Four Chicago cops accused of covering up a white officer’s fatal shooting of black teen Laquan McDonald in 2014 have been fired by the city’s police force.
McDonald’s killing, which was captured on police video camera, sparked months of protests and became emblematic of longstanding police abuse in the Windy City.
In October, a jury convicted a white police officer, Jason Van Dyke, of second-degree murder for firing 16 bullets into McDonald, most of which struck him after he fell to the ground. He’s serving a term of more than six years.
The nine-member Chicago Police Board on Thursday said it ordered Sgt. Stephen Frank and Officers Janet Mondragon, Daphne Sebastian and Ricardo Viramontes to be discharged.
The panel concluded the cops violated their “duty by describing the alleged threat posed by Mr. McDonald in an exaggerated way, while omitting relevant facts that support the opposite conclusion. The overall impression based on this selective telling is both misleading and false,” according to CNN.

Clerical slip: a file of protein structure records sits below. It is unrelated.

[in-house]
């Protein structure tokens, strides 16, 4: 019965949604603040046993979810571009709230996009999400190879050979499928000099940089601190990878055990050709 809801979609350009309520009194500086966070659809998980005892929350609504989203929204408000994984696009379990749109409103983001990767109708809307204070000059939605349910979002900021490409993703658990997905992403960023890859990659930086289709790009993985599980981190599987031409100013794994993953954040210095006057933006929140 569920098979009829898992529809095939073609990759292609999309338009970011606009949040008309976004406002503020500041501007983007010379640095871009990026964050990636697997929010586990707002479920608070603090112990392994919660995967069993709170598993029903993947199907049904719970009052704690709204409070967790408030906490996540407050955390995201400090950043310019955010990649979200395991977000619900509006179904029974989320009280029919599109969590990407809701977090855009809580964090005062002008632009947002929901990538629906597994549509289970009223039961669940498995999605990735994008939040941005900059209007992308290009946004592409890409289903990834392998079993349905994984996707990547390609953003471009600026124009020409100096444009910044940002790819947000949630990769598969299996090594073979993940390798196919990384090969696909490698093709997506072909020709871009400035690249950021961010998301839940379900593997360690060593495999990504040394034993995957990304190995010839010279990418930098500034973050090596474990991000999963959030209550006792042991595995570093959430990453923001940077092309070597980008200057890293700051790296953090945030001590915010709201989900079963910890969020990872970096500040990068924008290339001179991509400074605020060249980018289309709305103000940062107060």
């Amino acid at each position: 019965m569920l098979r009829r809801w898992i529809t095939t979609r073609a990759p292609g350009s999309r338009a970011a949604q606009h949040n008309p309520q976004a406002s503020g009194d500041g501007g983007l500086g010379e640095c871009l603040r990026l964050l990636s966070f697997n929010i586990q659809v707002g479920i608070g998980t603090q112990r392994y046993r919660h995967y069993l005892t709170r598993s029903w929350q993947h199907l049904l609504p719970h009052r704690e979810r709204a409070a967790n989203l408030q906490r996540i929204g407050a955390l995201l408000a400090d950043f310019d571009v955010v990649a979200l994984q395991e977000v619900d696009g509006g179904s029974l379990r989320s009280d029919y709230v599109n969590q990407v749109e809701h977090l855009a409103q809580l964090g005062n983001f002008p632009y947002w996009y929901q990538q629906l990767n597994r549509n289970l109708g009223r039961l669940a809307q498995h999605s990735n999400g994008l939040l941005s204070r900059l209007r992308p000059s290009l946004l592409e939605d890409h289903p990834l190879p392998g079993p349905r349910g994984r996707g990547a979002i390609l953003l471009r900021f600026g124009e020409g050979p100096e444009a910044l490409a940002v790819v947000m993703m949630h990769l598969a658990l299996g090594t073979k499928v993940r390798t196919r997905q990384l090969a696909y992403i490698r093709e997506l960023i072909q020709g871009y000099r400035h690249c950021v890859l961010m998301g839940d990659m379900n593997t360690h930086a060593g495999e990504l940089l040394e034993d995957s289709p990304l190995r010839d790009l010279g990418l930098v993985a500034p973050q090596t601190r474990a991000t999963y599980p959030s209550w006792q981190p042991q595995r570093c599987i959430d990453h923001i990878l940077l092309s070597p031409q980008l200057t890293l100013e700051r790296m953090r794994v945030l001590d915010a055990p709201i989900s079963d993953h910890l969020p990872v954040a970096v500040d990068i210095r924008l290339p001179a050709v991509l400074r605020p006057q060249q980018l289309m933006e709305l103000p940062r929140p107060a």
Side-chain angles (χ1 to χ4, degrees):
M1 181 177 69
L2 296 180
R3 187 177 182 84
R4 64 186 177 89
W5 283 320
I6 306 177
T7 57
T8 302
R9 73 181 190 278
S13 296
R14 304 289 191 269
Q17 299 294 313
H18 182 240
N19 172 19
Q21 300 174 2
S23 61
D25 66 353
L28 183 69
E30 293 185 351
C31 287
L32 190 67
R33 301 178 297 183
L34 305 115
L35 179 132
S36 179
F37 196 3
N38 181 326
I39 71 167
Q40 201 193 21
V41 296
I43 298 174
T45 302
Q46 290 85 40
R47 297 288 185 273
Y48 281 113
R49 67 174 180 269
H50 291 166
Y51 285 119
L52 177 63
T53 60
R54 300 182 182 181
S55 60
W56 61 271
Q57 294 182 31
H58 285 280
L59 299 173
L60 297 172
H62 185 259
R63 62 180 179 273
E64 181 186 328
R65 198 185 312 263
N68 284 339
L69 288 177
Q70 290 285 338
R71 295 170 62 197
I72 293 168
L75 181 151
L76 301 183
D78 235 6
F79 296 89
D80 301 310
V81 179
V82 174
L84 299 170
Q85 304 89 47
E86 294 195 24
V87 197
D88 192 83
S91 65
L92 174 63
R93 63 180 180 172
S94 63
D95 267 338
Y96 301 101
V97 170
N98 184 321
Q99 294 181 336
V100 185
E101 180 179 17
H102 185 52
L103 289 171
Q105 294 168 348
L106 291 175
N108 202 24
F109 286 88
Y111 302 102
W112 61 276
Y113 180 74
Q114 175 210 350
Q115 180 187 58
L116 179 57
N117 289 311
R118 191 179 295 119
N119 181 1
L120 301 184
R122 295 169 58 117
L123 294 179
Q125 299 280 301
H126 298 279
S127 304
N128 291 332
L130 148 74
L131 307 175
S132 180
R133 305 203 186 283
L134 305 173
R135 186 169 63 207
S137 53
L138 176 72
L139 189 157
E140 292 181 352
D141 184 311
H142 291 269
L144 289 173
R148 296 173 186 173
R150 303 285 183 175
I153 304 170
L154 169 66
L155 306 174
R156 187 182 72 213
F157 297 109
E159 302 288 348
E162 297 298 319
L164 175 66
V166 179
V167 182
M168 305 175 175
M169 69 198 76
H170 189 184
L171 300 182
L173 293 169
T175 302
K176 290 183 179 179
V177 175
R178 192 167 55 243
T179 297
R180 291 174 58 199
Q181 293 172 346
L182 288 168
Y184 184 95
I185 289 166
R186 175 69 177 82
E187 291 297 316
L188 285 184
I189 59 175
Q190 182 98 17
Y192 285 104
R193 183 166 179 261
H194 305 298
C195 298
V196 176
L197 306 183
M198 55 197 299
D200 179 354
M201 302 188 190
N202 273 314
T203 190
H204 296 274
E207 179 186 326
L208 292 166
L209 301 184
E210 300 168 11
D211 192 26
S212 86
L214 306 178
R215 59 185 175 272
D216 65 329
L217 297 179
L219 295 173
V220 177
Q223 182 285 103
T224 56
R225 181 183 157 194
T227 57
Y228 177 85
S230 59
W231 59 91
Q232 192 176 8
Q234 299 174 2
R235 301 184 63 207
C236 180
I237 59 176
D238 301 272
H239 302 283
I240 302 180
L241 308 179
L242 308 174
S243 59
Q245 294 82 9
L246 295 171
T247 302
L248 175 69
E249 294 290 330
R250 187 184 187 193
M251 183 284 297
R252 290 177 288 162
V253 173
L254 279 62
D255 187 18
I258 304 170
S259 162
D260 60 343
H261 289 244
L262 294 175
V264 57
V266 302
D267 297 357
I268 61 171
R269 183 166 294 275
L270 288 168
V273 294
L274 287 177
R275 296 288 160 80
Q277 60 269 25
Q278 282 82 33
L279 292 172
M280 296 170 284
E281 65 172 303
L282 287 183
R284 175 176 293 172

“Indeed, taken on their face, the officers’ accounts depict a scene in which Mr. McDonald was the aggressor and Officer Van Dyke the victim — a depiction squarely contradicted by reality. Put simply, the officers wanted to help their fellow officer (Jason Van Dyke) and so described the incident in a way to put him in the best possible light,” wrote the board, an independent civilian body that decides police disciplinary cases.
The Fraternal Order of Police assailed the board for its decision, insisting that the officers did nothing wrong.
“It is obvious that this police board has out-served its usefulness,” said the organization’s vice president, Patrick Murray.
In 2016, police Superintendent Eddie Johnson accused the officers of either giving or approving knowingly false statements.
None of them were charged criminally, but they were stripped of police powers and assigned to desk duty as their case proceeded. The firings can be appealed through a lawsuit.
In January, a Cook County judge acquitted three other cops of conspiracy, obstruction of justice and official misconduct charges in the case.
Former Officer Joseph Walsh, Officer Thomas Gaffney and former Detective David March had been accused of lying to shield Van Dyke from prosecution.
A judge rejected the contention that footage of McDonald’s death proved police officers staged a cover-up.